Home Adaptations for the Elderly

Elderly people require greater attention and more rigorous safety precautions. As such, it's important to install home adaptations that meet their needs.
Home Adaptations for the Elderly

Last update: 19 February, 2020

Old age can be a complicated time for many people. In some cases, physical ailments start to appear and can cause problems in the home. Therefore, it"s important to take steps to make their house more suitable, by introducing any necessary home adaptations.

The elderly can struggle with a number of physical limitations, whether when climbing into the shower or the bathtub, walking down the hall, getting into bed, or simply standing up.

Needless to say, prevention is better than cure. The main aim is to prevent any falls or other accidents before they occur. Ideally, no expense should be spared in matters of health and safety.

Home adaptations for the elderly – bathrooms

Bathroom safety rails.

Believe it or not, the bathroom is the most dangerous room in the house. Water can be a big problem, often causing slips and falls. When it comes to the shower, an adhesive mat can help elderly people feel more secure. If family members are particularly frail or prone to falls, having someone on-hand to supervise might be the safest course of action.

As for the sink and toilet, we recommend installing support rails to allow them to sit down and stand up safely without the risk of falling. But why next to the sink? Rails can be useful when leaning forward to wash the hands or face.

If possible, the floor should be made of non-slip material to avoid any other potential accidents. There"s no denying that a bathroom is a dangerous place for the elderly. However, it"s well within our power to reduce the risks.

3 fundamental bedroom adaptations

Home adaptations for the elderly - bed hoists.

Older people may find it more difficult to get in and out of bed, and caregivers often struggle to support their full weight. However, you can use technology to help make day-to-day life easier.

Here are 3 home adaptations that can be useful for bedrooms:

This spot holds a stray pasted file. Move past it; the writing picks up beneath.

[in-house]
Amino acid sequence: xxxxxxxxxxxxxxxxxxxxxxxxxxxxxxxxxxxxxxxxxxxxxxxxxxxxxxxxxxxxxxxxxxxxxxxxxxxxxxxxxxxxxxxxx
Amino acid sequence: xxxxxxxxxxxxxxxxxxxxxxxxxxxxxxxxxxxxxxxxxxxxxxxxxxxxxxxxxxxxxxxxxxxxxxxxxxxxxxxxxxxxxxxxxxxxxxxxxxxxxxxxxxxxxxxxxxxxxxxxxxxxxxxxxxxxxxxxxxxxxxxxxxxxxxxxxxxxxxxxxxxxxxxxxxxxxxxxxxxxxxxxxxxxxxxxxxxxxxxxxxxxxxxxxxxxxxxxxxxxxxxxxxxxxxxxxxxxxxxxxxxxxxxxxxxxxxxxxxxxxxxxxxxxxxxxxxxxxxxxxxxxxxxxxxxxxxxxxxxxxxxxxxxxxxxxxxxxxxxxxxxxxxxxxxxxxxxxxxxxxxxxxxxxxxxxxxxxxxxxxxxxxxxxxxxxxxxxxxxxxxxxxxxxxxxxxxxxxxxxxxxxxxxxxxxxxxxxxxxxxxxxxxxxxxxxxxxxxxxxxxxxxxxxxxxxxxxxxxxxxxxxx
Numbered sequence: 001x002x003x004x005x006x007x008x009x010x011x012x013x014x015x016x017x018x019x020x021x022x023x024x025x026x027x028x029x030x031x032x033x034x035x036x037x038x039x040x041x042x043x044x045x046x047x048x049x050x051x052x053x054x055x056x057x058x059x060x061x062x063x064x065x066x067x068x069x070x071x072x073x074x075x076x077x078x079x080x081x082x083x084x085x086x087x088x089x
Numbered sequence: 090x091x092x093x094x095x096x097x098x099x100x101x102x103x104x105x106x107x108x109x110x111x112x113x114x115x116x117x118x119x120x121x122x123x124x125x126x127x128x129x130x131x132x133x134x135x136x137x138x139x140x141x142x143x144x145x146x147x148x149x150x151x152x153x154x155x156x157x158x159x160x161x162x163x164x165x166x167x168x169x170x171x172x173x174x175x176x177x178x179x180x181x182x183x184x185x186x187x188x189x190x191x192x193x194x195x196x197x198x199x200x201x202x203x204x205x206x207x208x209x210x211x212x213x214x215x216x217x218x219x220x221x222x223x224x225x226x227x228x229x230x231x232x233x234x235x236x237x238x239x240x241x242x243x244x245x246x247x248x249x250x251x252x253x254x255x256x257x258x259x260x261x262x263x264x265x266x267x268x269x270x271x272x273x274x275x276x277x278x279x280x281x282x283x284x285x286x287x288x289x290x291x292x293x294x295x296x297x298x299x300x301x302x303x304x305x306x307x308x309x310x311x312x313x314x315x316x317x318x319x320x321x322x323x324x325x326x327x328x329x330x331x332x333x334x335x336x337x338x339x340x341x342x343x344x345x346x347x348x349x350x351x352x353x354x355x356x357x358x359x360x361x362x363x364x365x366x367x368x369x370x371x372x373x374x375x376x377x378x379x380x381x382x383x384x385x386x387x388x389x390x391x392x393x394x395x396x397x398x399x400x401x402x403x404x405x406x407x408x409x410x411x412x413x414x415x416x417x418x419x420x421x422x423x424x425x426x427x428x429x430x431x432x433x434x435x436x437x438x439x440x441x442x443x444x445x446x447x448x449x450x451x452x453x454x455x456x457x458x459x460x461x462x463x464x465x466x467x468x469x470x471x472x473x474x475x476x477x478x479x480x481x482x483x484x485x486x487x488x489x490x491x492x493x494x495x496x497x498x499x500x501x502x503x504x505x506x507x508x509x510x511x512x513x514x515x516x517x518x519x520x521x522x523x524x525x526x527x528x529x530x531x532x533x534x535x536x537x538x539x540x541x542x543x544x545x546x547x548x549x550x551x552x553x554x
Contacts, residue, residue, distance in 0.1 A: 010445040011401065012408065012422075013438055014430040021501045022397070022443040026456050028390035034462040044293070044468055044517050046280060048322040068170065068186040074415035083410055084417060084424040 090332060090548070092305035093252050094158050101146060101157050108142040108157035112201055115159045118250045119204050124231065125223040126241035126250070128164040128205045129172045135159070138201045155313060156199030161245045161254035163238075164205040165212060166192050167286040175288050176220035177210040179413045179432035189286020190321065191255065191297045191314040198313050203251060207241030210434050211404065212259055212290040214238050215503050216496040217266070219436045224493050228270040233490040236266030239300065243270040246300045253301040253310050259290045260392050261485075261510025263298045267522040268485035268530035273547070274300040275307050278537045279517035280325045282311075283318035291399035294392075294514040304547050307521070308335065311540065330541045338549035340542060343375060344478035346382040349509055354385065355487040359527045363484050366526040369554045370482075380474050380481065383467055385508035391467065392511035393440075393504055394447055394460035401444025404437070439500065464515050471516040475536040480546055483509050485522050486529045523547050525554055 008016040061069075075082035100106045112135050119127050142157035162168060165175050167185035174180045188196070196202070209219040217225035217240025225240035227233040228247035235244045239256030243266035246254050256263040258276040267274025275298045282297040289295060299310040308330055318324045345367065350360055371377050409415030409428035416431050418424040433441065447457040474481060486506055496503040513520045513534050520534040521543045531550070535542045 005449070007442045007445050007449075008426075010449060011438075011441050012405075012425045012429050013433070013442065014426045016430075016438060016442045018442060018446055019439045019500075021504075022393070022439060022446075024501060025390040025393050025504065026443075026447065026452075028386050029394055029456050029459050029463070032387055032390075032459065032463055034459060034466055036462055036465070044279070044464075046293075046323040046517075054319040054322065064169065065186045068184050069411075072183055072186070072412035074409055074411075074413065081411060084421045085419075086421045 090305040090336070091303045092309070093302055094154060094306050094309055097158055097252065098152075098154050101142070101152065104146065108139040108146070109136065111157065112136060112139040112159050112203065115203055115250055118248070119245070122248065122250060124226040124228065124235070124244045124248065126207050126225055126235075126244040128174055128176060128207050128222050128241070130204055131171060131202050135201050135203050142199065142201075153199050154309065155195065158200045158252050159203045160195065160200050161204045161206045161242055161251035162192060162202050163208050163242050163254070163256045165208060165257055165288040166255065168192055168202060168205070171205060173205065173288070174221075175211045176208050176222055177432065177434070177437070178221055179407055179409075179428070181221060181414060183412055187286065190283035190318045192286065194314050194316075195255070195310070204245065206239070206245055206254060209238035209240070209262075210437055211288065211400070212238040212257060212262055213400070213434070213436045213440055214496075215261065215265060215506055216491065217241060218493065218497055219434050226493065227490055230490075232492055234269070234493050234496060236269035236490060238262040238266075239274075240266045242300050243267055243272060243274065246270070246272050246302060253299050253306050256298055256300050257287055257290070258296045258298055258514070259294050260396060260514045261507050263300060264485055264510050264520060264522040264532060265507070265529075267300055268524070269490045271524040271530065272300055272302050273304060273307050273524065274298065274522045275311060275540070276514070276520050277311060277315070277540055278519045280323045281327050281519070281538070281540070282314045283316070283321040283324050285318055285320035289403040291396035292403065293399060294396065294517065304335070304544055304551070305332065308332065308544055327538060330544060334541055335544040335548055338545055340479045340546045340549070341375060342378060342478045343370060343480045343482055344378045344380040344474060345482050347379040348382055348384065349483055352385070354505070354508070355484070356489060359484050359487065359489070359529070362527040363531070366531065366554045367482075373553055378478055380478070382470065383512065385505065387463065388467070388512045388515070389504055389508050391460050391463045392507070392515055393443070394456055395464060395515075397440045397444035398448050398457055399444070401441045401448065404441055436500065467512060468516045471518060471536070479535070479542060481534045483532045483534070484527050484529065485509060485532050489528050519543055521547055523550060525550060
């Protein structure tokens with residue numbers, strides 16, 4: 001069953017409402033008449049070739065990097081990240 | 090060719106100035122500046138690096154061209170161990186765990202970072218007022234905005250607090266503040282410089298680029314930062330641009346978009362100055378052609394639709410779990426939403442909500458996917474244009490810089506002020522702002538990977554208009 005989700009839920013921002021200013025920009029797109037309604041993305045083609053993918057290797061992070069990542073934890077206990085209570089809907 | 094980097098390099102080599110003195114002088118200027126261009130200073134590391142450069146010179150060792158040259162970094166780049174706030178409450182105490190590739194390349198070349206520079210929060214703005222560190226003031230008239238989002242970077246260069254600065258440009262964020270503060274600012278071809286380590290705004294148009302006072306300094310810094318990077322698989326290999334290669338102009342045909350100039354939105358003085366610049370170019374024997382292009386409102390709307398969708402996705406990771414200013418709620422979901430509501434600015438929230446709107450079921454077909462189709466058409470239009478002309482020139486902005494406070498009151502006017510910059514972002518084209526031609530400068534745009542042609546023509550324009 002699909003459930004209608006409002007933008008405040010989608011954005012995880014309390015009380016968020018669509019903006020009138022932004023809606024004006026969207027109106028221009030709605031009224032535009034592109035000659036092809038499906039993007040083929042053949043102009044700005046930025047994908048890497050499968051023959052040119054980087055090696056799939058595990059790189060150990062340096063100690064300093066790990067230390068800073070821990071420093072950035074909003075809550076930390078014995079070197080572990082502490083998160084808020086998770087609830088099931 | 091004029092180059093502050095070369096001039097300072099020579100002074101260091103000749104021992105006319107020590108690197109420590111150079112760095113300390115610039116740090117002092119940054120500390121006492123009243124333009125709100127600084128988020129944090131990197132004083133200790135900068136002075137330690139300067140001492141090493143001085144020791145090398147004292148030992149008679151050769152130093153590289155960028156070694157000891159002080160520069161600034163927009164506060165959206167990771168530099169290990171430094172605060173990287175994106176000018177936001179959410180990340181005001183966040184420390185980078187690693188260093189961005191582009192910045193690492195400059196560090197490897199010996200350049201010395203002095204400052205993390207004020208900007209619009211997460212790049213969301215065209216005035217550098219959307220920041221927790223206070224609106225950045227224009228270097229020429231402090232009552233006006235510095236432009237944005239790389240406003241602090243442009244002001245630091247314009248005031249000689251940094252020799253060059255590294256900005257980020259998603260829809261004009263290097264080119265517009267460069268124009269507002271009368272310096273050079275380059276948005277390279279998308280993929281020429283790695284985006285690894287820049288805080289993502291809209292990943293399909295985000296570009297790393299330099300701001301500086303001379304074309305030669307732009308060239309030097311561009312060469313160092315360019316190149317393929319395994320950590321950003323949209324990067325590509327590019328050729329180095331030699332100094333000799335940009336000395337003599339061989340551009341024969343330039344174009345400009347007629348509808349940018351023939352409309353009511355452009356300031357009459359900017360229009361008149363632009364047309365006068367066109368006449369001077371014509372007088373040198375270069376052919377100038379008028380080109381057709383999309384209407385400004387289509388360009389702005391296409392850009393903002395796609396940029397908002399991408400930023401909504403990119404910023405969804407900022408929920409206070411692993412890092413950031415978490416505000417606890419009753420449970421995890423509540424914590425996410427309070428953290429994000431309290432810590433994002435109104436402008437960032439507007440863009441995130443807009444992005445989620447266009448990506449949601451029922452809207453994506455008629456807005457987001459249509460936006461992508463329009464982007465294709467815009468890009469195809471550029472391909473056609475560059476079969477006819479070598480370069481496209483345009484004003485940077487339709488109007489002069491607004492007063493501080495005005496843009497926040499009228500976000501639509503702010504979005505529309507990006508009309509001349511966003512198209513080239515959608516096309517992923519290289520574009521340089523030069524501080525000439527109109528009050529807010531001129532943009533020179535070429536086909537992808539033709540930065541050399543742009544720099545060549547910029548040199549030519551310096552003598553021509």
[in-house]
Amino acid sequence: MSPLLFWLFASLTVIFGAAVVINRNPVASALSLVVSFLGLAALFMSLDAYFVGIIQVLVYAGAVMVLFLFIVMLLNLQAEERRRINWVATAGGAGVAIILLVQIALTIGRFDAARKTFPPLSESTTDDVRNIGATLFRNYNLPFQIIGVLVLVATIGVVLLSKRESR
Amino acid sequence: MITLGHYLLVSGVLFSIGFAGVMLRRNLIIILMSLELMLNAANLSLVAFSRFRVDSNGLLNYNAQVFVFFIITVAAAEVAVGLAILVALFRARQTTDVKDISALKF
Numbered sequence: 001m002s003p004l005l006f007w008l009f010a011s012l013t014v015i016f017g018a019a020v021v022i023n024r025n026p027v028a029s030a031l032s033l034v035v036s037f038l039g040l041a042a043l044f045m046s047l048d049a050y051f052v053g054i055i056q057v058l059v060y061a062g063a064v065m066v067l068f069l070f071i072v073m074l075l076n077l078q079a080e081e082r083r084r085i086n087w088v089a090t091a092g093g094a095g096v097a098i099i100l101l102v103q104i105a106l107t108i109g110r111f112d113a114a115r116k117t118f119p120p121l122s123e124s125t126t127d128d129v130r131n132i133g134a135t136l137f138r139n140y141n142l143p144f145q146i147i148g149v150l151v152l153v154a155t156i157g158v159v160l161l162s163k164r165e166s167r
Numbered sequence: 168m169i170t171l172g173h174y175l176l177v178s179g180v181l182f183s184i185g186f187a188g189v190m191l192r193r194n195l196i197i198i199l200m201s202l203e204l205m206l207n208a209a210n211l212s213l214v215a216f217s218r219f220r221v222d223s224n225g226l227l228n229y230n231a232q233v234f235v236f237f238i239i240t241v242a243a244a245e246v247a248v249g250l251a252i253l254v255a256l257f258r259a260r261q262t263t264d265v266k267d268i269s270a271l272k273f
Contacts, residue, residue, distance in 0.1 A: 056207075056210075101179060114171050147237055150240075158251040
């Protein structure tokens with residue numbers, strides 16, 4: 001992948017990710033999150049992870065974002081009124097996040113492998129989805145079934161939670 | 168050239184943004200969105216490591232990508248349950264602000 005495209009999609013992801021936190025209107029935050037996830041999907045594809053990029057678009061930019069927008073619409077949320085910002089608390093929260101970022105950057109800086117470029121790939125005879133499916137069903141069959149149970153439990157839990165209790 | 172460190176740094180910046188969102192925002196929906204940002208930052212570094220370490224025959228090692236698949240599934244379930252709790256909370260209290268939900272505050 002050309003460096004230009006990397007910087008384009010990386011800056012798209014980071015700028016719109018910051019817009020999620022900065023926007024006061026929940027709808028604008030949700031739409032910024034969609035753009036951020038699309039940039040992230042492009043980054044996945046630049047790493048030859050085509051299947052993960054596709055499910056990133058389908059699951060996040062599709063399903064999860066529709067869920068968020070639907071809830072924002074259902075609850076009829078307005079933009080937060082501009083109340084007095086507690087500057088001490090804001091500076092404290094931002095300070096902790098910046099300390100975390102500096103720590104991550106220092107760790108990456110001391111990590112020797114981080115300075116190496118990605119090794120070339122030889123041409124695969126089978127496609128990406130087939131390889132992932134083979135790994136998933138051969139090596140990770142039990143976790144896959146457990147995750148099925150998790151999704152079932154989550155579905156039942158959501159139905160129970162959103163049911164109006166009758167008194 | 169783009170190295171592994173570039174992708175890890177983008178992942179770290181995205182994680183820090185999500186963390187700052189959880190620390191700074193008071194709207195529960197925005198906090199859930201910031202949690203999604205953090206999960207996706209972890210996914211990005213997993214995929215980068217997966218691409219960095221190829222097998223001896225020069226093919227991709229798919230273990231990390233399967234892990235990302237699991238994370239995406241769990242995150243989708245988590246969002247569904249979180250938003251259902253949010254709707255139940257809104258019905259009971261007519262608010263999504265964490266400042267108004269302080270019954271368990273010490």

1. More and more people are installing bed hoists. Although they can be a little cumbersome, they can be placed right next to the bed without taking up too much space. Bed hoists are made up of a long, articulated arm with a seat on the end. They"re designed to lift people in and out of bed safely.
  2. Bed-rails are essential for preventing falls and are a very efficient safety measure. All of us move around from time to time as we sleep. However, elderly people don"t always have quick enough reflexes to prevent themselves from falling out of bed.
  3. Alternatively, you could buy a bed that adapts to their physical limitations. Electronic beds allow you to raise or lower the head and feet separately, and even lower the entire mattress, just like a hospital bed.

Home adaptations for the elderly – stairlifts

A mechanical stair lift.

If you live in a villa or a multi-story house, there"s a really interesting solution that can help make climbing and descending the stairs easier, and prevent accidents in the home.

The stairlift allows elderly people to go up and down the stairs effortlessly. You"ll be surprised at just how practical, comfortable and efficient they are.

Stairlifts consist of a padded seat, which travels along a set of rails. The rail runs along the wall so that it doesn"t take space away from the stairs. This mechanical device is operated via a simple control system.

Moving around the house independently

As most people aren"t in a position to keep an eye on older relatives 24/7, it"s important to make it easier for them to move around the house independently.

One effective way to adapt the house is to install railings along the walls. This will allow them to walk at their own pace, supporting themselves every step of the way.

The reality is, home adaptations can be expensive. However, they are a worthwhile practical measure that will help reduce the risks that elderly family members often face as they get older.

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  • Manel N’tab, Jean Baptiste: Vivienda saludable total, CreateSpace Independent Publishing Platform, 2015.